MOTHER JONES born May 1st 1839 on the air at 800 AM Alaska Time on KRNN fm. Listen live at www.KRNN.org, 102.7fm, or 103.1fm.
Mother Jones, byname of Mary Harris Jones, née Mary Harris, (born May 1, 1830, Cork, Ireland—died November 30, 1930, Silver Spring, Maryland, U.S.), labour organizer, widely known in the United States as a fiery agitator for the union rights of coal miners and other workers. Typically clad in a black dress, her face framed by a lace collar and black hat, the barely five-foot tall Mother Jones was a fearless fighter for workers’ rights—once labeled “the most dangerous woman in America” by a U.S. district attorney. Mary Harris “Mother” Jones rose to prominence as a fiery orator and fearless organizer for the Mine Workers during the first two decades of the 20th century. Her voice had great carrying power. Her energy and passion inspired men half her age into action and compelled their wives and daughters to join in the struggle. If that didn’t work, she would embarrass men to action. “I have been in jail more than once and I expect to go again. If you are too cowardly to fight, I will fight,” she told them.
Mother Jones’ organizing methods were unique for her time. She welcomed African American workers and involved women and children in strikes. She organized miners’ wives into teams armed with mops and brooms to guard the mines against scabs. She staged parades with children carrying signs that read, “We Want to Go to School and Not to the Mines.” In June 1897, after Mary addressed the railway union convention, she began to be referred to as “Mother” by the men of the union. The name stuck. That summer, when the 9,000-member Mine Workers called a nationwide strike of bituminous (soft coal) miners and tens of thousands of miners laid down their tools, Mary arrived in Pittsburgh to assist them. She became “Mother Jones” to millions of working men and women across the country for her efforts on behalf of the miners.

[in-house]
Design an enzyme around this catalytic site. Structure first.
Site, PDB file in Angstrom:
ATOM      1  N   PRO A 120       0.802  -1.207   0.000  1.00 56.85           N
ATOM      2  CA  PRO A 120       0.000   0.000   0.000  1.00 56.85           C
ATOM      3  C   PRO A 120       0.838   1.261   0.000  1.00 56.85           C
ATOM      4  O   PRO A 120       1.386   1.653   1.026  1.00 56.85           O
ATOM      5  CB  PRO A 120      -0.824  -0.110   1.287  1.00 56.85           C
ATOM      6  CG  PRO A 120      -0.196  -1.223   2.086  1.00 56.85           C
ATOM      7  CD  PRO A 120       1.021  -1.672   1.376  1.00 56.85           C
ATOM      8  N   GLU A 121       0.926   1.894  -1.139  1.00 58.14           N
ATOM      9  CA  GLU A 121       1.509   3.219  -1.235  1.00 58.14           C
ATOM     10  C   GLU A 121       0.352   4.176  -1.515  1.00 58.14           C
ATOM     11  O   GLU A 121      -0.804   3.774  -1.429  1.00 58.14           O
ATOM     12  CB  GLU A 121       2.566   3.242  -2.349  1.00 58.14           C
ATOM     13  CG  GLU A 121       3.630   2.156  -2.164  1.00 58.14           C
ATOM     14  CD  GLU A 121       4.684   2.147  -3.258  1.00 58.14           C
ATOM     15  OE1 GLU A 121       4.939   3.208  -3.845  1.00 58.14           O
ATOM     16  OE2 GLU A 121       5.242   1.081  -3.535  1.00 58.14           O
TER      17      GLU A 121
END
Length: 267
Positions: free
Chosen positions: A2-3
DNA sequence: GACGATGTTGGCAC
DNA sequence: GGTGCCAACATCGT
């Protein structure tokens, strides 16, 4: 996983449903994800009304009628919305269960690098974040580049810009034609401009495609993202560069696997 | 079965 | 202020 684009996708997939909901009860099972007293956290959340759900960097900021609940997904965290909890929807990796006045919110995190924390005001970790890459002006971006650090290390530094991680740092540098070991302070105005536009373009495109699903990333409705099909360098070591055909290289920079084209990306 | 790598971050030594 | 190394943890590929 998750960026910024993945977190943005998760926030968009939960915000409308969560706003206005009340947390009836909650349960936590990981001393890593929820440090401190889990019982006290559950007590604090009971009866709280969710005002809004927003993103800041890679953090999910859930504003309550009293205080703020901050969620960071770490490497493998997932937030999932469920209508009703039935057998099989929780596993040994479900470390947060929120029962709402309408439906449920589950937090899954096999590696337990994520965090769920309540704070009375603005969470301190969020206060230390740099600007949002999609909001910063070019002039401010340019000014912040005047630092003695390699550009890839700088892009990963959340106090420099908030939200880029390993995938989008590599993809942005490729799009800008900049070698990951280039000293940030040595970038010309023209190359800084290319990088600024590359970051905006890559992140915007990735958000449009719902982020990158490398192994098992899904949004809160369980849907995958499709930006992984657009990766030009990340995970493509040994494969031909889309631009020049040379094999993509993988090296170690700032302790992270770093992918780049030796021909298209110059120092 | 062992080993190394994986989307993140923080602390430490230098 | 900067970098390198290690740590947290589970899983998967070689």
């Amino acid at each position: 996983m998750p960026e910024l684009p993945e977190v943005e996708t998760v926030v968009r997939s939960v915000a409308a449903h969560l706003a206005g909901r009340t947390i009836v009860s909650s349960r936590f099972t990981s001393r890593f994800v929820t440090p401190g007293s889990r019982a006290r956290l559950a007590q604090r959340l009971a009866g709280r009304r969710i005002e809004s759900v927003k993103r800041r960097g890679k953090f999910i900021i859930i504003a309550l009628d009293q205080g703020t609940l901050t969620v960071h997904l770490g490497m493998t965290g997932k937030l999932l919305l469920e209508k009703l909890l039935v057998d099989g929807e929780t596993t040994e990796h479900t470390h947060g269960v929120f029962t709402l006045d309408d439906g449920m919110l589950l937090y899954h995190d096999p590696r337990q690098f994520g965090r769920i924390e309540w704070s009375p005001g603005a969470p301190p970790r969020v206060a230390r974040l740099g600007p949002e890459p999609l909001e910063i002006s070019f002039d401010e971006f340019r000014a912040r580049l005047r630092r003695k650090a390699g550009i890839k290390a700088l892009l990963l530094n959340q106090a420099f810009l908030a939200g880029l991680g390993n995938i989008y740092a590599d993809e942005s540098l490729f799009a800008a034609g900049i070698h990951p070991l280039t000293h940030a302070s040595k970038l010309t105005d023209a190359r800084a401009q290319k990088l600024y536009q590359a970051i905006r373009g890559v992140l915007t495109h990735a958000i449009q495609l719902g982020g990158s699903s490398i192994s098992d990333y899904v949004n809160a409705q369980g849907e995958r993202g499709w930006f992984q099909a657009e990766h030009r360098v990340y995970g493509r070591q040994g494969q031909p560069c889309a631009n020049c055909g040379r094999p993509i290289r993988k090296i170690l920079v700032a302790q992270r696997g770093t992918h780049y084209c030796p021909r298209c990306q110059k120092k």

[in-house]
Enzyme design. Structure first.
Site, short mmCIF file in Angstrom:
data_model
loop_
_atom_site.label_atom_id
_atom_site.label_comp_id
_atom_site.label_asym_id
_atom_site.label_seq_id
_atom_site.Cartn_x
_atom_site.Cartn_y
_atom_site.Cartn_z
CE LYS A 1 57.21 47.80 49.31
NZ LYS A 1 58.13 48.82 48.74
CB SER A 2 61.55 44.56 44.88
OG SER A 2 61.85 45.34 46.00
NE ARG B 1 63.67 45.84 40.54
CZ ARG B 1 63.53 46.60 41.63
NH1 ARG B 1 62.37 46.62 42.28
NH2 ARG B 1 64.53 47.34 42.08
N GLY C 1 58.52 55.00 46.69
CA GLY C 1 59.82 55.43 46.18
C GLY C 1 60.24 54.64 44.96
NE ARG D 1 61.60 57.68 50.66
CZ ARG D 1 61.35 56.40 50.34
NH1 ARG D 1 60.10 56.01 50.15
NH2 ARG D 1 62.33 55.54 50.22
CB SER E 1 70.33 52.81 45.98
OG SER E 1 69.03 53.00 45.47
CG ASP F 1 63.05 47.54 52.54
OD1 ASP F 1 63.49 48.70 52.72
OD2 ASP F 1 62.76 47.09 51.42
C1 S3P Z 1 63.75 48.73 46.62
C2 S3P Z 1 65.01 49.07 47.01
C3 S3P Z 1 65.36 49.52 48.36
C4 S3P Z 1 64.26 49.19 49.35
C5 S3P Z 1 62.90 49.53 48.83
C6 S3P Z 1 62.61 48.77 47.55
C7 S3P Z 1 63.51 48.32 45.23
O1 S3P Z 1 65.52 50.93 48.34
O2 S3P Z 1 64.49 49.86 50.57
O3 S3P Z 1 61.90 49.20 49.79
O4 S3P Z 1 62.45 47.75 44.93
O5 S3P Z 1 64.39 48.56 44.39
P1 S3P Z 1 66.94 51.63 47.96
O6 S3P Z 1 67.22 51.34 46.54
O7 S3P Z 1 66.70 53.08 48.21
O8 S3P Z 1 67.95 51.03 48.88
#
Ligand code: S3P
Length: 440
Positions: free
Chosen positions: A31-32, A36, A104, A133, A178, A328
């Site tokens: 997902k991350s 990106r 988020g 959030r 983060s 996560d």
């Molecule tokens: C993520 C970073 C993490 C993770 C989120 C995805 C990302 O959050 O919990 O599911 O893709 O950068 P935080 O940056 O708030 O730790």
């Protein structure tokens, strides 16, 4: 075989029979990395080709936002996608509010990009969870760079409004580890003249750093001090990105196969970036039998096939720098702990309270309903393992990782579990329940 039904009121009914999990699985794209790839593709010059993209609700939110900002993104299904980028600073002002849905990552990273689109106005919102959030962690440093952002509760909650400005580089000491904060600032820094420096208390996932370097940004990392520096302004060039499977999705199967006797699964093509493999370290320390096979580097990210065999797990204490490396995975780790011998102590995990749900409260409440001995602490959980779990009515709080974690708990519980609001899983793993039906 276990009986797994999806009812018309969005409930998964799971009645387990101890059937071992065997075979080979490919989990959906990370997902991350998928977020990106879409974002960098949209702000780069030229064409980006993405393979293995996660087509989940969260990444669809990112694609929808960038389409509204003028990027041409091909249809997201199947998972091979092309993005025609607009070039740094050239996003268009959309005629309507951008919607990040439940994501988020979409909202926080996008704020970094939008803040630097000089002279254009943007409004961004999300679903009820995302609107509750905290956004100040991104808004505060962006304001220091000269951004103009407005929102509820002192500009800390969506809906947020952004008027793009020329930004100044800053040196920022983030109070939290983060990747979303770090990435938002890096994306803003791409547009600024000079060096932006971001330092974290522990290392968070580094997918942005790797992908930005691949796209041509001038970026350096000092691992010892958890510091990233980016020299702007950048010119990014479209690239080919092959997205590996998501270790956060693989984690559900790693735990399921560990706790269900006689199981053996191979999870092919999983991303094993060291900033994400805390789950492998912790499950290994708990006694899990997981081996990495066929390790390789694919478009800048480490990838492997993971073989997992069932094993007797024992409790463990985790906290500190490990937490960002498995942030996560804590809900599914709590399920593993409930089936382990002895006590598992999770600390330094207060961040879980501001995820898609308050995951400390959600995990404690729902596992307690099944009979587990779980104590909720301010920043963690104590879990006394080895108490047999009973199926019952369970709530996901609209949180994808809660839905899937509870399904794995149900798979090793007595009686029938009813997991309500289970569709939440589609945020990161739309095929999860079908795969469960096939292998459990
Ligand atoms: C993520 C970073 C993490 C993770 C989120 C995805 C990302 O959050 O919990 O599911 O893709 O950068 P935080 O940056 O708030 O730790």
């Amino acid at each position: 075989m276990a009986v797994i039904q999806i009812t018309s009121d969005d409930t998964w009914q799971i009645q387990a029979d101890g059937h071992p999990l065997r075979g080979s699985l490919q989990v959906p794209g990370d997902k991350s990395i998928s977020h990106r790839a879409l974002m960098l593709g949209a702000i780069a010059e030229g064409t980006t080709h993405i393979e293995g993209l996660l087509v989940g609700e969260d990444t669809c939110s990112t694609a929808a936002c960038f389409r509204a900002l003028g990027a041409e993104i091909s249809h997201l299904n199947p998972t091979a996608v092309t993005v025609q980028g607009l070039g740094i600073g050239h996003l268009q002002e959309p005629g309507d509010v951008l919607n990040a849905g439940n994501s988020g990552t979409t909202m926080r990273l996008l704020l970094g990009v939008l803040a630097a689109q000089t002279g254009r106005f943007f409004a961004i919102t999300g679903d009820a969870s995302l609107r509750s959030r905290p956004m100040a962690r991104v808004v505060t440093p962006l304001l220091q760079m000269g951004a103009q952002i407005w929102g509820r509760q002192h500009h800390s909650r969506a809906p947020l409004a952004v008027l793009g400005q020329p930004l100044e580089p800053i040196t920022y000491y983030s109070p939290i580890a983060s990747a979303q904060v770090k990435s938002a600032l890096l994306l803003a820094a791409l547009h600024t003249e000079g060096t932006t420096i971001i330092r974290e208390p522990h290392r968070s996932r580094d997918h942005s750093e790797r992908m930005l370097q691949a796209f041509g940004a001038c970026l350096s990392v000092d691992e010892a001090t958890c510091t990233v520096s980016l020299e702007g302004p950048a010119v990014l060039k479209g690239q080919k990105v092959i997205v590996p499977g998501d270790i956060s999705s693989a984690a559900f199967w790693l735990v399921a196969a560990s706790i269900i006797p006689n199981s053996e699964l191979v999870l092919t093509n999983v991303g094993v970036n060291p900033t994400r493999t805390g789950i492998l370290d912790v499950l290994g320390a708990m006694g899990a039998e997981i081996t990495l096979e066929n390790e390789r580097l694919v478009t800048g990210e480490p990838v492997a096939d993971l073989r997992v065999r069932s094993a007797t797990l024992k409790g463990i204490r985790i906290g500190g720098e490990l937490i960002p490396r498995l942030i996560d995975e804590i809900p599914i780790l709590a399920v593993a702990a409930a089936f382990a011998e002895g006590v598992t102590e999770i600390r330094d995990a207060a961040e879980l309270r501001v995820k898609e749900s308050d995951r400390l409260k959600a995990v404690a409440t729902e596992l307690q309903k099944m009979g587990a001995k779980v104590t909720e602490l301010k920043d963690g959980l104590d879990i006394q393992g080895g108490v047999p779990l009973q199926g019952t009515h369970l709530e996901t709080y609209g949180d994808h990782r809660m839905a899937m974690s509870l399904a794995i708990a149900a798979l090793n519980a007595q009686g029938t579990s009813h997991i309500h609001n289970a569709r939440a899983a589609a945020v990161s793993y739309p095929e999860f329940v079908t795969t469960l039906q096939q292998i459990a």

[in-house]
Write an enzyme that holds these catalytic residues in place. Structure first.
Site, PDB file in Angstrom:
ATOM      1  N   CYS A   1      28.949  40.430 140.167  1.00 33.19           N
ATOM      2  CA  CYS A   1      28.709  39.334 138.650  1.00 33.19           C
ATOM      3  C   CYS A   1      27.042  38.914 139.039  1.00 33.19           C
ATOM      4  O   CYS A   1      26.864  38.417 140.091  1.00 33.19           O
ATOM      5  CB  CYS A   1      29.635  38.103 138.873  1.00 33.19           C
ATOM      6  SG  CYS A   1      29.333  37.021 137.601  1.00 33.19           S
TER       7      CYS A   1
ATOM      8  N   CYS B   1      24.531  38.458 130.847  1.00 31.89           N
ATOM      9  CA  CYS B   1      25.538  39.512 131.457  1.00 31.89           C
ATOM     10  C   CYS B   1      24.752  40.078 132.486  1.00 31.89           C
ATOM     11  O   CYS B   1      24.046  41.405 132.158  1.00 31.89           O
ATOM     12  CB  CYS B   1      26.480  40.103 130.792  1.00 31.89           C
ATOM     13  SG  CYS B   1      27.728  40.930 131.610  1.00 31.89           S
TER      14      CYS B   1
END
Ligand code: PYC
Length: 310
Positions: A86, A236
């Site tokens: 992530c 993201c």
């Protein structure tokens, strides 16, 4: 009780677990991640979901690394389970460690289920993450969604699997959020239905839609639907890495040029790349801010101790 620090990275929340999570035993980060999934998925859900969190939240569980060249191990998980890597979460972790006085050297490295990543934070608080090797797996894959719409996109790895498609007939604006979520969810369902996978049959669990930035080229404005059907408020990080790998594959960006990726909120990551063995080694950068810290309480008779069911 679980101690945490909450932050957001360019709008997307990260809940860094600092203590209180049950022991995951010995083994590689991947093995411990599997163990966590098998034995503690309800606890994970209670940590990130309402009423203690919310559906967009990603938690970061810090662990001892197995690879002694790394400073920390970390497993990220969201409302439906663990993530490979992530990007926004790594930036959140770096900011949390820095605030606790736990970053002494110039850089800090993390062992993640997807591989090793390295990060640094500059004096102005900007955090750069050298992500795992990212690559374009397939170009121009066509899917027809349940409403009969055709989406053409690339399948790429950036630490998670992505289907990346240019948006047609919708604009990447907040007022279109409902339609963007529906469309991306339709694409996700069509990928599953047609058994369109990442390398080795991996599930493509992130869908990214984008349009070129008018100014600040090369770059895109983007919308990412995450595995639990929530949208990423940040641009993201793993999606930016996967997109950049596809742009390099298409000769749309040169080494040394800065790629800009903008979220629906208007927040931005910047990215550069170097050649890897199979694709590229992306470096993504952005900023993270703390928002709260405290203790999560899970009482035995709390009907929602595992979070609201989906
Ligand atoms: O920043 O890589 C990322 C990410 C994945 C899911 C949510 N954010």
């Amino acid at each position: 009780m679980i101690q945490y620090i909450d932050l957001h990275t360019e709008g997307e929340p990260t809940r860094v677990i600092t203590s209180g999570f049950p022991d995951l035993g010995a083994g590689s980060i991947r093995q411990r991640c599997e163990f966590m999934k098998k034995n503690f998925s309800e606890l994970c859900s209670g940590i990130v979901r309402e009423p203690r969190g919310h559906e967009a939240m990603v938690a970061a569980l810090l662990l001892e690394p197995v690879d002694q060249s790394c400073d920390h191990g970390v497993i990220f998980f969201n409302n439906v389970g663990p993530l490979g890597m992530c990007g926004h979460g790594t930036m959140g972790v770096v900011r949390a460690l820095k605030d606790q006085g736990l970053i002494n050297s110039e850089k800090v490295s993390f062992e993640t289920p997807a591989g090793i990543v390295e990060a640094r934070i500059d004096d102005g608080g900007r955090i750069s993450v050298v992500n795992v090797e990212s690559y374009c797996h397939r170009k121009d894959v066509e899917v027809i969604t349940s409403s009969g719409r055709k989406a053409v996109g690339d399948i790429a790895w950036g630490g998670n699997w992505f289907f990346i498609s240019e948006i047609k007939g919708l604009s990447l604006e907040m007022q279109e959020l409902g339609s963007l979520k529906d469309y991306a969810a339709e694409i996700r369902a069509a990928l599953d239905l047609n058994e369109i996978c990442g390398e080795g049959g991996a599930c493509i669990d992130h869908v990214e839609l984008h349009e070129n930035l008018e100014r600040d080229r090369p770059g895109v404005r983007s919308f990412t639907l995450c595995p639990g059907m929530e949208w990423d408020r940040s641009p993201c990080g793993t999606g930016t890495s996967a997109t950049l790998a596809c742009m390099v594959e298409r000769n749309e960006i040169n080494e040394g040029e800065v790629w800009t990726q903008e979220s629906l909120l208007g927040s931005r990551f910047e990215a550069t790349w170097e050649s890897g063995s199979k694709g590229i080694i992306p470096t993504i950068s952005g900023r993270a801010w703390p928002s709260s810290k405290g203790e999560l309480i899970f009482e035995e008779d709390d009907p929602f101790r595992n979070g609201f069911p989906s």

Mother Jones was so effective the Mine Workers sent her into the coalfields to sign up miners with the union. She agitated in the anthracite fields of eastern Pennsylvania, the company towns of West Virginia and the harsh coal camps of Colorado. Nearly anywhere coal miners, textile workers or steelworkers were fighting to organize a union, Mother Jones was there. She was banished from more towns and was held incommunicado in more jails in more states than any other union leader of the time. In 1912, she was even charged with a capital offense by a military tribunal in West Virginia and held under house arrest for weeks until popular outrage and national attention forced the governor to release her.
Mother Jones was deeply affected by the “machine-gun massacre” in Ludlow, Colo., when National Guardsmen raided a tent colony of striking miners and their families, killing 20 people—mostly women and children. She traveled across the country, telling the story, and testified before the U.S. Congress. In addition to miners, Mother Jones also was very concerned about child workers. During a silk strike in Philadelphia, 100,000 workers—including 16,000 children—left their jobs over a demand that their workweek be cut from 60 to 55 hours. To attract attention to the cause of abolishing child labor, in 1903, she led a children’s march of 100 children from the textile mills of Philadelphia to New York City “to show the New York millionaires our grievances.” She led the children all the way to President Theodore Roosevelt’s Long Island home.
In her 80s, Mother Jones settled down near Washington, D.C., in 1921 but continued to travel across the country. In 1924, although unable to hold a pen between her fingers, she made her last strike appearance in Chicago in support of striking dressmakers, hundreds of whom were arrested and black-listed during their ill-fated four month-long struggle. She died in Silver Spring, Md. on Nov. 30, 1930, and was buried in the Union Miners Cemetery in Mount Olive, Ill.
SOURCE: National Women’s History Museum, AFL CIO